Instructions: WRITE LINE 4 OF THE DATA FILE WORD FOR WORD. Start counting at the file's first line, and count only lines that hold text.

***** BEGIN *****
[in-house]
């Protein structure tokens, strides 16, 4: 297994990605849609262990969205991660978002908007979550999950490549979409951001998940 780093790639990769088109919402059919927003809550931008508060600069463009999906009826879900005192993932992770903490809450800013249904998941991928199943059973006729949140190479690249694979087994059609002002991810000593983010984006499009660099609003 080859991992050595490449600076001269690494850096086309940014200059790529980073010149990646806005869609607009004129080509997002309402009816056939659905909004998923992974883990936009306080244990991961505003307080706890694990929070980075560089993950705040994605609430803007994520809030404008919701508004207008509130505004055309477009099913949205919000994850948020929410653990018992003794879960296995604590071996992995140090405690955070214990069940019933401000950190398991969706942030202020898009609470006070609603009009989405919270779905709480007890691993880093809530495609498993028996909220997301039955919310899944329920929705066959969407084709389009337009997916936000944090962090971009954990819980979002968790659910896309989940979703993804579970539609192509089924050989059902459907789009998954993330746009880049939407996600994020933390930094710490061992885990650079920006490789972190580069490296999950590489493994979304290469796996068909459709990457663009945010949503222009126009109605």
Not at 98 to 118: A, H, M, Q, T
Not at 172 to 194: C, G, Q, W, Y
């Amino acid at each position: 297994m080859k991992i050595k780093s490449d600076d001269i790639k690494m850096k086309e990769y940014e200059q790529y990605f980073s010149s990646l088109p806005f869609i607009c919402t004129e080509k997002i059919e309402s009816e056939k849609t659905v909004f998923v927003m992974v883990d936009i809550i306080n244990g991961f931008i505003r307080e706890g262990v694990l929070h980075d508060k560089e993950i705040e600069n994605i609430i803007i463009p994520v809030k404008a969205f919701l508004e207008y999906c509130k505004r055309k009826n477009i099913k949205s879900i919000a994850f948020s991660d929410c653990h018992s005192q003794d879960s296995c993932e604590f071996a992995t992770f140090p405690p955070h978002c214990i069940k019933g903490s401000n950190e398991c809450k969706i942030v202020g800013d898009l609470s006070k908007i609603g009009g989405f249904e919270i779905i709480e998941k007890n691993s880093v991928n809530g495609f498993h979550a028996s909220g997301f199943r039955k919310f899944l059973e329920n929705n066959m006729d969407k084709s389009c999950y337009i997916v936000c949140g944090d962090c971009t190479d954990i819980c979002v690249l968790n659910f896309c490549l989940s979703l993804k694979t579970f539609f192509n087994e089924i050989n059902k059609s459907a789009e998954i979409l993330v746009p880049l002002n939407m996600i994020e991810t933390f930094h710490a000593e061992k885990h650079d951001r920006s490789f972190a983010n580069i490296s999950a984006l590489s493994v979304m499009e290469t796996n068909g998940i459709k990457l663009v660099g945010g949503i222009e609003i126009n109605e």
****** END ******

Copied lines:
Not at 172 to 194: C, G, Q, W, Y